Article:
Hospitals, Doctors and Data: How Transparency Can Help Us, and Them
For anyone considering surgery or a hospital stay, or is curious about the business of healthcare, Marty Makary, MD, has provided an excellent insider account. The author takes the reader through the realities of modern medicine, from medical school and clinical outcome data, to hospital staffing and the culture of the operating room. “Unaccountable: What Hospitals Won’t Tell You and How Transparency Can Revolutionize Healthcare” may not turn you into an activist, but it will encourage you to shop around before your next surgical procedure.
To set the stage, Makary tells two stories. The first is about a senior surgeon loved by patients for his bedside manner, but known throughout by hospital staff as dangerously incompetent in the operating room. Despite this knowledge, no action was ever taken and he continued to operate and bring in valuable, profitable business for the organization. The second is about an enterprising New York state official who made hospital patient outcomes public. As expected, once out in the open, hospitals with poor, but now very visible, results began to improve. However, as Makary points out, this New York story is an exception and not the rule. While members of the health industry and government have access to what other industries might consider critical outcome metrics, you, the “patient-customer,” do not.
Each doctor is a detective, searching for clues to patient conditions and coordinating increasingly powerful resources to diagnose and treat. However, this complexity and variability comes at a cost. As the author writes, citing a New England Journal of Medicine report, one quarter of us will be subject to a surgical error. The public, however, will only have stories, “tribal knowledge,” in the language of my former nuclear engineering culture. Without comparable data and results, where can we look to help improve our own decision-making?
Makary knows this is an insider’s game. His test is to ask hospital staff, “Would you have XXX surgery here if you needed it?” Unfortunately, he warns, consumers are unlikely to receive a helpful answer, as the topic can be uncomfortable, even risky, for health professionals. Instead, ask: “How many of XXX surgeries do you perform?” The larger the number, the better. Sometimes critically so.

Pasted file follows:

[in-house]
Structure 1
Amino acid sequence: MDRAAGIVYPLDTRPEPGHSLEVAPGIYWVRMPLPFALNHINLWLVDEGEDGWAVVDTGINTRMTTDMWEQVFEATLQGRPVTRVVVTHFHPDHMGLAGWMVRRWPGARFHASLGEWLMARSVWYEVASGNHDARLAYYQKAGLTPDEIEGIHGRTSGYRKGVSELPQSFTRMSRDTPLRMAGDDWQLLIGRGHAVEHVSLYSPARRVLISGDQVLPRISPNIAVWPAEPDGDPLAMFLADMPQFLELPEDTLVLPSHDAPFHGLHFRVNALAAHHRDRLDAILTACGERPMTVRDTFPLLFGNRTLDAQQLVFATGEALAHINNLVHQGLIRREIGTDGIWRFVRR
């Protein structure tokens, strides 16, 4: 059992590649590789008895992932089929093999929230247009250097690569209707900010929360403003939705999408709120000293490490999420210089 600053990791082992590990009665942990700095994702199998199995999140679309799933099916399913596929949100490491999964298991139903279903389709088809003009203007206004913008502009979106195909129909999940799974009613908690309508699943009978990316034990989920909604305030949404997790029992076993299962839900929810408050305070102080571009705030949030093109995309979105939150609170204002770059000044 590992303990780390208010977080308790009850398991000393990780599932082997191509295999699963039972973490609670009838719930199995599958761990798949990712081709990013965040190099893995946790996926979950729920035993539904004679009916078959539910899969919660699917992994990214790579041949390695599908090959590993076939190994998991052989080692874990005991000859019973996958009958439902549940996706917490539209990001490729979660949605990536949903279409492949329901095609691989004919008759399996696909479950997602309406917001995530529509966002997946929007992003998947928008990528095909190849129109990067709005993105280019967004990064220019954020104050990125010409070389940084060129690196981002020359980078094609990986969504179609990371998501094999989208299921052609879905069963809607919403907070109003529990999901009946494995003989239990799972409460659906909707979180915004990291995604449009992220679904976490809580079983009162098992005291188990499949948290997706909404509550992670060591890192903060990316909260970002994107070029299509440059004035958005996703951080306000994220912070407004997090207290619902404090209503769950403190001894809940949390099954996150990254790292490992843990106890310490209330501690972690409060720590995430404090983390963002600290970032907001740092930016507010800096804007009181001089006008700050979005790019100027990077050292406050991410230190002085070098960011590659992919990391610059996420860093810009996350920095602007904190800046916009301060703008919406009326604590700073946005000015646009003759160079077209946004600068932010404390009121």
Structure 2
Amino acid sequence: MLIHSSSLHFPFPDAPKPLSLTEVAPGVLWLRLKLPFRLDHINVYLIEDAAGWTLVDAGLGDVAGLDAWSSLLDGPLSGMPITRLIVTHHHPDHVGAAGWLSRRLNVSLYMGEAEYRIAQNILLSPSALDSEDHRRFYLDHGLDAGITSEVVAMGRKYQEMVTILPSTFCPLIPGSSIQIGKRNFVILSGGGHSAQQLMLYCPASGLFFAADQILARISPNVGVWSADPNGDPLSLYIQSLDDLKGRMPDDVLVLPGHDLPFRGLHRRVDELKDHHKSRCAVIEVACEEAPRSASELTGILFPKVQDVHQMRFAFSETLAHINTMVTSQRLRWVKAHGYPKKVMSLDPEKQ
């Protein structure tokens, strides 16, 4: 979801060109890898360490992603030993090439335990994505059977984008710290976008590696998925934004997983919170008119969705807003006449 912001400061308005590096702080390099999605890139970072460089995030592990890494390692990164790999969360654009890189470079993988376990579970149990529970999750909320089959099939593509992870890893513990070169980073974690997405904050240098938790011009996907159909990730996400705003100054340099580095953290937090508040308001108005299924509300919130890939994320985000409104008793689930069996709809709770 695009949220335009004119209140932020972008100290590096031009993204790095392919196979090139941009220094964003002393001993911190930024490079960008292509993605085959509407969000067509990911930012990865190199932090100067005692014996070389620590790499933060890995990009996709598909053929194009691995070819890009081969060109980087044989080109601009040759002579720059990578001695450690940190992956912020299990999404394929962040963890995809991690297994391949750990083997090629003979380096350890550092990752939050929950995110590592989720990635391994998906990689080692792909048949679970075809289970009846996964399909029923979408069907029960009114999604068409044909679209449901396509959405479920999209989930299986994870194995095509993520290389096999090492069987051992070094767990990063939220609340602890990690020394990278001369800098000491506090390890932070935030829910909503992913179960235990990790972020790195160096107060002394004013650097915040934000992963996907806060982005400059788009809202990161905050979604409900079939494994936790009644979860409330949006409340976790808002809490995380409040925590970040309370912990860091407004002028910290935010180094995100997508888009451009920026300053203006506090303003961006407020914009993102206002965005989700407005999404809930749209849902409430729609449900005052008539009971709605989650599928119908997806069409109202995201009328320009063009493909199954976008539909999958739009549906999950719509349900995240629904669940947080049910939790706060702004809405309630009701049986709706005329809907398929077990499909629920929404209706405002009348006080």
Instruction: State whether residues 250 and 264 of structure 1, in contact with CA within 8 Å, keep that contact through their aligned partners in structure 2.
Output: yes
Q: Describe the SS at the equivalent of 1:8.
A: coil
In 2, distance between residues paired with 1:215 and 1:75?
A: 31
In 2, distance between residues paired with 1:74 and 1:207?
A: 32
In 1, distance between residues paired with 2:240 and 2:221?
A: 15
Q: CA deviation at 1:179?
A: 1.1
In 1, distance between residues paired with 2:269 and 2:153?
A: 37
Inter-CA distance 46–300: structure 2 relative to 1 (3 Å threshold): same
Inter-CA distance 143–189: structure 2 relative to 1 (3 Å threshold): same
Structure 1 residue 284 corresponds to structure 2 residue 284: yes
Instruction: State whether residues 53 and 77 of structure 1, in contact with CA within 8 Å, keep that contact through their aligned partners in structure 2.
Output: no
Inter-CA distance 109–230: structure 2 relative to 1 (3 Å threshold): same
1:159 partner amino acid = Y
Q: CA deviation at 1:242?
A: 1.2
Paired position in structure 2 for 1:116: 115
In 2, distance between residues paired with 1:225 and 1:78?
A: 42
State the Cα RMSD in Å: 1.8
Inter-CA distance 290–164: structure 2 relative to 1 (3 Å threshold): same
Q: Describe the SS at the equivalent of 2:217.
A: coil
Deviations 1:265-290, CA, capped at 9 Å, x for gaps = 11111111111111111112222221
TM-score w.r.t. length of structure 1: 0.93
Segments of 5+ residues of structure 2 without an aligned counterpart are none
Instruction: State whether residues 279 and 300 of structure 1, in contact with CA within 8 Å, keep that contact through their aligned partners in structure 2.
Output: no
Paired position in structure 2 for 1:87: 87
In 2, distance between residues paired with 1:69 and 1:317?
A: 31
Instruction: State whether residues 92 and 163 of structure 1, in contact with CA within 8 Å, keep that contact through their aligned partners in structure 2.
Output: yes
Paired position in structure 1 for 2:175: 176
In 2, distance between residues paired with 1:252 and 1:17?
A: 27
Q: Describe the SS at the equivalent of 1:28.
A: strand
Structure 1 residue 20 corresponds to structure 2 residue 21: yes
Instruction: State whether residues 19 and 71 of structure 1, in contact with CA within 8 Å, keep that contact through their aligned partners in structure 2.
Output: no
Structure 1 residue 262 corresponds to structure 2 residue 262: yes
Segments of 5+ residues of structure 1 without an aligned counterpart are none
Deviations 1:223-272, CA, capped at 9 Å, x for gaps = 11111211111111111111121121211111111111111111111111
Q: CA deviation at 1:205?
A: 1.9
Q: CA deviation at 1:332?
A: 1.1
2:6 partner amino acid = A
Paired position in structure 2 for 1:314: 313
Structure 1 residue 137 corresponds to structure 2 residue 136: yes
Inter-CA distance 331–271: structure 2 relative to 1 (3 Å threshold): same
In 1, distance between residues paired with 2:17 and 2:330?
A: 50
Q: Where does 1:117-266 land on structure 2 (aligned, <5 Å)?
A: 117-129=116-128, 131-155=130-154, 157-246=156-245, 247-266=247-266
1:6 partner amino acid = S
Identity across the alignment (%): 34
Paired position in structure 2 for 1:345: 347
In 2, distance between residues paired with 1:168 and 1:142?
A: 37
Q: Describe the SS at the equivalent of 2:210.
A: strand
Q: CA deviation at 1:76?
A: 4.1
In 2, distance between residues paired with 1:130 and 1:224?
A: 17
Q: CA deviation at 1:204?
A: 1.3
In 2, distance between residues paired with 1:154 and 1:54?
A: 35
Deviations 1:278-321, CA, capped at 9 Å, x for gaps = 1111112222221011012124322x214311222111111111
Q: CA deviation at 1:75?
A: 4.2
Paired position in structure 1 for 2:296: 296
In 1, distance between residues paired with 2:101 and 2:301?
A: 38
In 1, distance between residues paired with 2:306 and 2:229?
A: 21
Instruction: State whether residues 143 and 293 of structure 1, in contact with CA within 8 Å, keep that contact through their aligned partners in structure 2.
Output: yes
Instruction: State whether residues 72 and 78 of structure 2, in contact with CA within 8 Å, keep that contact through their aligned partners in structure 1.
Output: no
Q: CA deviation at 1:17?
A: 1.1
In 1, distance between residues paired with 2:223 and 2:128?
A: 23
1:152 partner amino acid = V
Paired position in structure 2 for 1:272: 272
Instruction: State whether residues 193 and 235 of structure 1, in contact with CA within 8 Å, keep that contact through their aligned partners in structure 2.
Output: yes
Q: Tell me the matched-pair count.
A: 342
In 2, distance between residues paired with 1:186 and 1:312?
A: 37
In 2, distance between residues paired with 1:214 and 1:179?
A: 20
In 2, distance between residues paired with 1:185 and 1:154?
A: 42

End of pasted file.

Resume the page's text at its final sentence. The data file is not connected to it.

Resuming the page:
Complicating the picture is the pace of advancements in health delivery. Some doctors will be ahead of the learning curve on the latest medical procedures and treatments, others behind. In a chapter aptly titled, “How I like to do it,” the author explains how your doctor’s approach can have a big impact on patient outcomes and recovery.
But it isn’t just doctors. Makary writes, “when choosing a hospital beware of clever marketing…[and] don’t be taken in by fancy banners, like ‘center,’ ‘top hospital,’ and ‘best docs.’” The hospitals and doctors themselves often pay for these lists. Instead, volume speaks volumes. When complications arise, as sometimes happen, you want a doctor and support staff that have put in the hours to see all the different ways things can go wrong. As in other areas of life, experience can be a frustratingly efficient teacher.
The story behind the story, perhaps, is one of data transparency helping the industry help itself. If consumers are unable to obtain “product performance” data, then Adam Smith’s “invisible hand” of consumer preferences cannot create a market for good healthcare, one where we collectively reward the providers of good care with more business. Instead, we will show up at hospitals randomly, without regard to product quality. And absent this consumer-provided imperative to improve, hospital staff shortages, administrative errors and avoidable surgical mistakes may remain with the health industry much longer than a new, open environment of data transparency would allow. The good news is I’m sure someone is working on a Fitbit for that.
Thanks for reading. Comments and suggestions for other topics welcome.
Other posts on health include my review of athenahealth co-founder and CEO, Jonathan Bush bestseller, “Where Does It Hurt: An Entreprenuer’s Guide to Fixing Healthcare” here. Also my review of Eric Topol’s bestseller “The Patient Will See You Now: The Future of Medicine is in Your Hands” here. Finally, Steven Brill’s bestseller, “America’s Bitter Pill: Money, Politics, Backroom Deals and the Fight to Fix Our Broken Healthcare System” here.
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